City councilman pitches new plan to fix old roads
Photo: Video by kgun9.com
Reporter: Marcelino Benito
TUCSON (KGUN9-TV) - Pothole problems in Southern Arizona are nothing new, but with the government being forced to tighten its belt finding money to fix them is difficult at best. Now one city council member says he has the answer to help fix Tucson's roads.
It's a game Tucson drivers like Mark Homan learn to play whether they like it or not. They learn to dodge the potholes.
"It's like an obstacle course," Homan said. "I tell you something though, they just keep growing."
Councilman Kozachik has a plan to fix Tucson's roads, but it's going to take collaboration from the City of Tucson, Pima County and most importantly the Regional Transportation Authority.
"I'm saying go ask the voters again, 'do you want new roads or fix the ones we have now with money we're already paying?'," Kozachik said.
Kozachik is betting voters will want to go with a fix. He wants the RTA to ask voters if they'd be okay setting aside 20 percent of their RTA tax dollars for road repair. For Tucson, that would mean $200 million for city roads.
"Our roads are in such lousy condition, the longer we wait, the more expensive it'll be," Kozachik said. "We are way beyond potholes right now, we're talking about road reconstruction."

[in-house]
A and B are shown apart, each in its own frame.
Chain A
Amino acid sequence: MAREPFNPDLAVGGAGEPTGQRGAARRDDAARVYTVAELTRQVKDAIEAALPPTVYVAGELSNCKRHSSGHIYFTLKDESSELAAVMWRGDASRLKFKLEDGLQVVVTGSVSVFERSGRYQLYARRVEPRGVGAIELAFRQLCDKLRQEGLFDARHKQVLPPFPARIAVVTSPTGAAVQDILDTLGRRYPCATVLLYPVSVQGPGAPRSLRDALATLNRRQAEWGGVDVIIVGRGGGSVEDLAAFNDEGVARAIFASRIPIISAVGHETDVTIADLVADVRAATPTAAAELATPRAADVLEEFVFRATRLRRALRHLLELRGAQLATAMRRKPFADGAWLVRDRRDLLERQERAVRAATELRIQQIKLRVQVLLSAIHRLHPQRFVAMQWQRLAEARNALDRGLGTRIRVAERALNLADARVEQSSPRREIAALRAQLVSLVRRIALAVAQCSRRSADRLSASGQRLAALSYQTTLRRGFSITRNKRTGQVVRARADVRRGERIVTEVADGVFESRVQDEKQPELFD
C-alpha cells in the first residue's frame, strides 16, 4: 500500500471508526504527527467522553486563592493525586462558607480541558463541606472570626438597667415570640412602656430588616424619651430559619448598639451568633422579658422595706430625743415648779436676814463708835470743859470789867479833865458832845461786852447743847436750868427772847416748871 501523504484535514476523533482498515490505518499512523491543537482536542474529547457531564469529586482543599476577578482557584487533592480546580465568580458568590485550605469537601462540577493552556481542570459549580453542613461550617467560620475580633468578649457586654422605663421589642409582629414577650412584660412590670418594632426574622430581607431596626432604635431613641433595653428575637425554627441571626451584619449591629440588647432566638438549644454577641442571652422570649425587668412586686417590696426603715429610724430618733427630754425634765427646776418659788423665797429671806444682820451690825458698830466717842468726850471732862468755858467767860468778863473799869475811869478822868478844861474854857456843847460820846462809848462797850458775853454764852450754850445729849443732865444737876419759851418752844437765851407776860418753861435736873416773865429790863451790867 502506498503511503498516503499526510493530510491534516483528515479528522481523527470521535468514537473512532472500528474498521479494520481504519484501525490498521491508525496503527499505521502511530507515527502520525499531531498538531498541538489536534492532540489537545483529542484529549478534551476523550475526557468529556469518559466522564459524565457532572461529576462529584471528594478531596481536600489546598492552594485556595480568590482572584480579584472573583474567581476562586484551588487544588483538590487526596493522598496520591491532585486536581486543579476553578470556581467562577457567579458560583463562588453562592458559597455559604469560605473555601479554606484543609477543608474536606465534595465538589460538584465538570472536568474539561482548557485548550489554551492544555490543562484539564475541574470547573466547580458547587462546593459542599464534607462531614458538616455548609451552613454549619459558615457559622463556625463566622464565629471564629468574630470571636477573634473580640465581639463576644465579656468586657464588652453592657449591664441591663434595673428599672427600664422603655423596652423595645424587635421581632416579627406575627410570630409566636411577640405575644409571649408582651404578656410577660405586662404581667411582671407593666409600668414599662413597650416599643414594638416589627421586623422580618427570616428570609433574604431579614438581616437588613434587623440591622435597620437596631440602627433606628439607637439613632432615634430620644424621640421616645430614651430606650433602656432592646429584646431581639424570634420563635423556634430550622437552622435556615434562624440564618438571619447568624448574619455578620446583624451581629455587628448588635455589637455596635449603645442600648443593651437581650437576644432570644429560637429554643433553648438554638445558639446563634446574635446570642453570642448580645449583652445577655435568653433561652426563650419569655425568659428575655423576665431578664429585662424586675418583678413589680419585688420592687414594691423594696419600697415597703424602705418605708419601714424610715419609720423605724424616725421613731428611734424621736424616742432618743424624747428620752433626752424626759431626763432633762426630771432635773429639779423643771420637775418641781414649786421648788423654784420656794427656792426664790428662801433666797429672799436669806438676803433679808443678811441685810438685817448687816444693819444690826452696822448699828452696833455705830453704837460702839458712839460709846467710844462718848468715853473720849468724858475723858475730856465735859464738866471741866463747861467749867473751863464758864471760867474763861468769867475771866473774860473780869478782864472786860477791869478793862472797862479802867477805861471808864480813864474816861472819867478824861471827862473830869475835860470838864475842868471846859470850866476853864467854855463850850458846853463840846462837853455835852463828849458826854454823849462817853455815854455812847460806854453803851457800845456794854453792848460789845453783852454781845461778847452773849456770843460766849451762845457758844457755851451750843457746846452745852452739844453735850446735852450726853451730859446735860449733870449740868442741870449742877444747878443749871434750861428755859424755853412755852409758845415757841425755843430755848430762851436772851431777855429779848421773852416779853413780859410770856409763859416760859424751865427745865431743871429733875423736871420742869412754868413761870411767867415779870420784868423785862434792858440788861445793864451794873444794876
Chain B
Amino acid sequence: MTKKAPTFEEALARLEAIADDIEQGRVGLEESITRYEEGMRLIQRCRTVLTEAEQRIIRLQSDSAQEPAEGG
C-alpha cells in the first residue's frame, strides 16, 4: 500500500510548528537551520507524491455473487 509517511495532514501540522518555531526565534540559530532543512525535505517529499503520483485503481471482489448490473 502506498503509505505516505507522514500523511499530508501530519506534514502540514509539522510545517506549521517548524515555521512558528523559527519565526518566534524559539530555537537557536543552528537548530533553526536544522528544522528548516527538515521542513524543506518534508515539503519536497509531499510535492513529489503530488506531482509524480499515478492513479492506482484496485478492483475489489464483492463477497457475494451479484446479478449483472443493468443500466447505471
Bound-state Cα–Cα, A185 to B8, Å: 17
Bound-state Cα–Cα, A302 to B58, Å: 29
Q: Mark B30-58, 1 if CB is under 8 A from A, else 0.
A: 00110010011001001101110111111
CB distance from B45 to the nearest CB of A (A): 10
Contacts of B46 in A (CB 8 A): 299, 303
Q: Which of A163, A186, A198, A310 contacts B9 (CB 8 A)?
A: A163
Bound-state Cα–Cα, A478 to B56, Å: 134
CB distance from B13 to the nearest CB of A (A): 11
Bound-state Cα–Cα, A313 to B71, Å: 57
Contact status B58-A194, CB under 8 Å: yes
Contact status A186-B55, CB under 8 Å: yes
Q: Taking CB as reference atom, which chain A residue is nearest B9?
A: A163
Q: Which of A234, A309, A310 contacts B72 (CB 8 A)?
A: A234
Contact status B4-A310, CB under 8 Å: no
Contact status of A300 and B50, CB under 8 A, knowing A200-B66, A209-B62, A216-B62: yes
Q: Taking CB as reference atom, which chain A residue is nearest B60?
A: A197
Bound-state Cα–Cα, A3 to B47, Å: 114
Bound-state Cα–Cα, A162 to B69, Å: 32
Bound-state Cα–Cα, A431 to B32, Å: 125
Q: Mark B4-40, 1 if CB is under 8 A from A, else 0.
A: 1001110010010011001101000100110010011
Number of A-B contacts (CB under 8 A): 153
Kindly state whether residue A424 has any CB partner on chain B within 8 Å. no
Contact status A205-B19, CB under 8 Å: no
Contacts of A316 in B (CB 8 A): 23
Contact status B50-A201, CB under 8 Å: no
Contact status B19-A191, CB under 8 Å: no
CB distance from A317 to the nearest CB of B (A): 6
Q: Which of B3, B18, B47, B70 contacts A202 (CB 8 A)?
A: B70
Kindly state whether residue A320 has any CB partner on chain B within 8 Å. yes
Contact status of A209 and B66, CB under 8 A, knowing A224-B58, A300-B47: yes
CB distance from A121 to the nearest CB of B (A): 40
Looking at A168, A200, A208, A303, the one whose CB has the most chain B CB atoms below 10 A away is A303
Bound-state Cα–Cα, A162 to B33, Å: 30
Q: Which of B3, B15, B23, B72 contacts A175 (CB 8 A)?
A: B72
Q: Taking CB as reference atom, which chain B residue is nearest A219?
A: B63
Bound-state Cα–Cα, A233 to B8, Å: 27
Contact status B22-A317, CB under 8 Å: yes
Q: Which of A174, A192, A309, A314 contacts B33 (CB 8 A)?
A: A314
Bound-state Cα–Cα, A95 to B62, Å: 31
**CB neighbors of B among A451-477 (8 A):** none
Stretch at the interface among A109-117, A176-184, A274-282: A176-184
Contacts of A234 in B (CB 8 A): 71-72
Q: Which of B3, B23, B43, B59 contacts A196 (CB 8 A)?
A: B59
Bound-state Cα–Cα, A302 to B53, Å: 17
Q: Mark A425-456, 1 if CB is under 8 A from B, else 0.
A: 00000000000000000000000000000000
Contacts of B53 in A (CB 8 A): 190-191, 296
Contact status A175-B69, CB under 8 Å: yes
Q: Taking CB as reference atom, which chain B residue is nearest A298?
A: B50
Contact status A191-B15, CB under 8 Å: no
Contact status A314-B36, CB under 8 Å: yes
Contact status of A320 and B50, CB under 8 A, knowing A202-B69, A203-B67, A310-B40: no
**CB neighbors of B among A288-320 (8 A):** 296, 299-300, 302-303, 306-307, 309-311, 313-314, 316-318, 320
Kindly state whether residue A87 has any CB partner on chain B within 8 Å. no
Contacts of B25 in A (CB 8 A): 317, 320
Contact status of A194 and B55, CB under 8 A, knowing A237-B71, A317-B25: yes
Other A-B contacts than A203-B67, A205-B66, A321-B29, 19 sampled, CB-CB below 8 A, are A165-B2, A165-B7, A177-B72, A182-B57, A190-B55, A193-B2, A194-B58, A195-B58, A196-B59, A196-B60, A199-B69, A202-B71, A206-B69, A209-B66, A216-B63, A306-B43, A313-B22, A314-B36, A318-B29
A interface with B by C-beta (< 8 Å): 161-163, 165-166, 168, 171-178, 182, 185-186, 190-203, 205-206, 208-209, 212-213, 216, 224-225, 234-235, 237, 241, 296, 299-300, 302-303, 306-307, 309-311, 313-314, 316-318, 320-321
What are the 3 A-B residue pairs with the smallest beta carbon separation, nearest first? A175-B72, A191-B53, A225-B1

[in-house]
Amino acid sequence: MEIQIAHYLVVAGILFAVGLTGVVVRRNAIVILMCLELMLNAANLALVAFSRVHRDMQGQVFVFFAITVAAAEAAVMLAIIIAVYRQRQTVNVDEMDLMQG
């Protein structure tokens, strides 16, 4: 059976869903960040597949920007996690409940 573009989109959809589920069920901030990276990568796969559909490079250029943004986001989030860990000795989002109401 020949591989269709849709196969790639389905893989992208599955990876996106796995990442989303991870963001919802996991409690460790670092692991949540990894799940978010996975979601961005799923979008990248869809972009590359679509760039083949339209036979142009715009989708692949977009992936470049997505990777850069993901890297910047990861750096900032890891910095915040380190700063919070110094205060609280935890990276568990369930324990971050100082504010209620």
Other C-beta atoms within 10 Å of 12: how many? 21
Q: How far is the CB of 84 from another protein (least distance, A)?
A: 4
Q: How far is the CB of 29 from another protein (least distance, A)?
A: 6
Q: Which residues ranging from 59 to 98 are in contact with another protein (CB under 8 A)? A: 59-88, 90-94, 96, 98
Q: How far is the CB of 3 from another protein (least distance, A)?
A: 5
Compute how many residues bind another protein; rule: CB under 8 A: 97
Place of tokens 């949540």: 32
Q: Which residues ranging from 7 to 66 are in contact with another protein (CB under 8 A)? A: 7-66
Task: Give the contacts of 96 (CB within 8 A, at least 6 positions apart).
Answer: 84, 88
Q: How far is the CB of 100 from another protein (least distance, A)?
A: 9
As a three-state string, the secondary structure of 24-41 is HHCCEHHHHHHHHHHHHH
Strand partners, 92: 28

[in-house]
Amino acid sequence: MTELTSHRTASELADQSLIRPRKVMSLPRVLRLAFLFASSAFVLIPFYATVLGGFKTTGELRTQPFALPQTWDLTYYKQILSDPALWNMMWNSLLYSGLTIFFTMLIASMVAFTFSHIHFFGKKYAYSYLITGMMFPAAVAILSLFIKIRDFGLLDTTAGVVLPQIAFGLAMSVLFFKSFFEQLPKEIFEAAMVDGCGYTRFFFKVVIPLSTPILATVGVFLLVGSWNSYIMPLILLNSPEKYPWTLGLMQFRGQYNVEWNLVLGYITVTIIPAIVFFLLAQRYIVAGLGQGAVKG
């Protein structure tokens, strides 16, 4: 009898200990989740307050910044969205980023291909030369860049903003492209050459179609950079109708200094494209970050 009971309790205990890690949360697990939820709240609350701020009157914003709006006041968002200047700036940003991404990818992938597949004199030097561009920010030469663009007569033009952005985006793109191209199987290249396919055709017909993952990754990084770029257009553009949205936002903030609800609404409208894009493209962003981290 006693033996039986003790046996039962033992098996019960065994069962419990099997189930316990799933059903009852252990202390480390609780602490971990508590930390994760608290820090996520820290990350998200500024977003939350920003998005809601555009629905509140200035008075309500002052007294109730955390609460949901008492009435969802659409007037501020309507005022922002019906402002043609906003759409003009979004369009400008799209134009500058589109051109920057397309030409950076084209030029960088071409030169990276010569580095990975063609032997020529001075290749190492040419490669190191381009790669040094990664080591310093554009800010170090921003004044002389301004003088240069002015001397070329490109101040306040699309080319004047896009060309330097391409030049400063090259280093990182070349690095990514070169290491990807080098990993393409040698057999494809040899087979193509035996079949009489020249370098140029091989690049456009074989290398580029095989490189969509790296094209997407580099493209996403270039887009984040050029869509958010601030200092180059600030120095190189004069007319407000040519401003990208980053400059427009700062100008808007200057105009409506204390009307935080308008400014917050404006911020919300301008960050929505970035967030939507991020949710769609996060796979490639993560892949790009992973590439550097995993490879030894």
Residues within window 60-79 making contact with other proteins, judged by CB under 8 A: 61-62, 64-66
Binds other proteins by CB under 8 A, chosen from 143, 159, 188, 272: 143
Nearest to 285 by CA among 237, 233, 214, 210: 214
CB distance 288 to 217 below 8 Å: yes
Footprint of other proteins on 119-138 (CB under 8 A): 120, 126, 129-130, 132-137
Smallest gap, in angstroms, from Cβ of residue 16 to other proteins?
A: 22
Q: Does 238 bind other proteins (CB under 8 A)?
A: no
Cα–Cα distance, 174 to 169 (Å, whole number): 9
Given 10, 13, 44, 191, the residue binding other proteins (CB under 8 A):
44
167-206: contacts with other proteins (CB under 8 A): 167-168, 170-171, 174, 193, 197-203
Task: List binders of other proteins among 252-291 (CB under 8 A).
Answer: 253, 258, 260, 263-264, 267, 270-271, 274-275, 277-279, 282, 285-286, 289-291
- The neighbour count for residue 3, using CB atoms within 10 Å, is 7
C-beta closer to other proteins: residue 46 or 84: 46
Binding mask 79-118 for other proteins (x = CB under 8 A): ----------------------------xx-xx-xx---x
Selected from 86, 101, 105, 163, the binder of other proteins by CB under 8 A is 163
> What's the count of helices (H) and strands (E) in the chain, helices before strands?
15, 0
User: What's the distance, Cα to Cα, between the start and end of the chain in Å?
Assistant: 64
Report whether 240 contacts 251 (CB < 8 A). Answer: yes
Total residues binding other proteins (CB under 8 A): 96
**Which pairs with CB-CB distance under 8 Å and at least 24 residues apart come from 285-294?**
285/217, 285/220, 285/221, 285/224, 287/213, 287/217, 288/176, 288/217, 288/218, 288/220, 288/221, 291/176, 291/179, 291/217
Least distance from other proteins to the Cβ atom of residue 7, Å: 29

KGUN 9 had questions and wanted answers from the RTA. Reporter Marcelino Benito asked Gary Hayes, RTA Executive Director, if Kozachik's plan was feasible. "There's no way we could put a credible plan before the voters this November," he said. Benito pushed a little further asking Hayes if Kozachik's plan was just political talk. "Councilman Kozachik and I agree on the problem, the issue is the solution."
Under the current voter approved 2006 RTA plan, the RTA is set to spend millions of dollars on the Broadway Corridor project. It calls among many things for an expansion of lanes. Homan, a Rincon Heights neighborhood resident says he'd rather see those millions go to road repair.
"Guess what, those new roads will require maintenance for years," Homan said. "If there's not enough money right now, why would we throw 74 million dollars at something that's not needed."
Hayes tells 9OYS the City is asking the wrong entity to help fix its roads and plug its potholes. He says there's money on the table at the state level. The state has swept away $12 million in Highway User Revenue Fund money. Hayes says it's not the RTA's responsibility to fix change a plan voters approved back in 2006. Kozachik's message is let the voters decide for themselves.
"They got their hand in the cookie jar," Kozachik said. "Let the voters tell you which cookie you want to use."
For this plan to move forward, the RTA would have to submit a proposal to the Pima County Board of Supervisors, then that board could vote on putting a new RTA plan on the ballot this November.